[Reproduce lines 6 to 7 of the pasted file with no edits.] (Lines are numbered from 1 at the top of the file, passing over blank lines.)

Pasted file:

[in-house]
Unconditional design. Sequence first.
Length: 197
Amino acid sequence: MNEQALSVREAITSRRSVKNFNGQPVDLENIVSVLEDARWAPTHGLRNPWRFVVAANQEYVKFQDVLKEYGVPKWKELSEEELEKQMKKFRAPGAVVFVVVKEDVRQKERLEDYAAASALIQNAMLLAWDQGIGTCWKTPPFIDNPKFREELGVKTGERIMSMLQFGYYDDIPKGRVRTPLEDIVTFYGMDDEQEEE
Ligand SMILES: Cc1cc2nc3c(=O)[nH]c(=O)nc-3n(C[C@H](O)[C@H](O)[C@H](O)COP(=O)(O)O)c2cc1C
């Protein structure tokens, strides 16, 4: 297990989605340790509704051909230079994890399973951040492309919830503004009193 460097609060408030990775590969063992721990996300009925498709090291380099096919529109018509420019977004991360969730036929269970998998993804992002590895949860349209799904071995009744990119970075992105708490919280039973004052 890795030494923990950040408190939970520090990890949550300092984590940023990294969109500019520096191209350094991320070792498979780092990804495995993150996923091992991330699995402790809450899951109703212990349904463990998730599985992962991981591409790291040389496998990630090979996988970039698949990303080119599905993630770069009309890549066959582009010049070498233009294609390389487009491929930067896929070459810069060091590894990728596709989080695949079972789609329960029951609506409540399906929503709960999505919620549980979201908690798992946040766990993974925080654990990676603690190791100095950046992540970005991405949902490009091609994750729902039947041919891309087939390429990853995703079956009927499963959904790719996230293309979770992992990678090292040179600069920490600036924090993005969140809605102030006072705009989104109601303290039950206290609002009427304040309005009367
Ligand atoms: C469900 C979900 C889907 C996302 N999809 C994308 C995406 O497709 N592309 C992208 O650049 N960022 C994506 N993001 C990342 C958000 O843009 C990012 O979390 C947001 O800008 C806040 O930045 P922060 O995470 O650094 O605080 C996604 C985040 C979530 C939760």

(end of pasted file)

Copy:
């Protein structure tokens, strides 16, 4: 297990989605340790509704051909230079994890399973951040492309919830503004009193 460097609060408030990775590969063992721990996300009925498709090291380099096919529109018509420019977004991360969730036929269970998998993804992002590895949860349209799904071995009744990119970075992105708490919280039973004052 890795030494923990950040408190939970520090990890949550300092984590940023990294969109500019520096191209350094991320070792498979780092990804495995993150996923091992991330699995402790809450899951109703212990349904463990998730599985992962991981591409790291040389496998990630090979996988970039698949990303080119599905993630770069009309890549066959582009010049070498233009294609390389487009491929930067896929070459810069060091590894990728596709989080695949079972789609329960029951609506409540399906929503709960999505919620549980979201908690798992946040766990993974925080654990990676603690190791100095950046992540970005991405949902490009091609994750729902039947041919891309087939390429990853995703079956009927499963959904790719996230293309979770992992990678090292040179600069920490600036924090993005969140809605102030006072705009989104109601303290039950206290609002009427304040309005009367
Ligand atoms: C469900 C979900 C889907 C996302 N999809 C994308 C995406 O497709 N592309 C992208 O650049 N960022 C994506 N993001 C990342 C958000 O843009 C990012 O979390 C947001 O800008 C806040 O930045 P922060 O995470 O650094 O605080 C996604 C985040 C979530 C939760």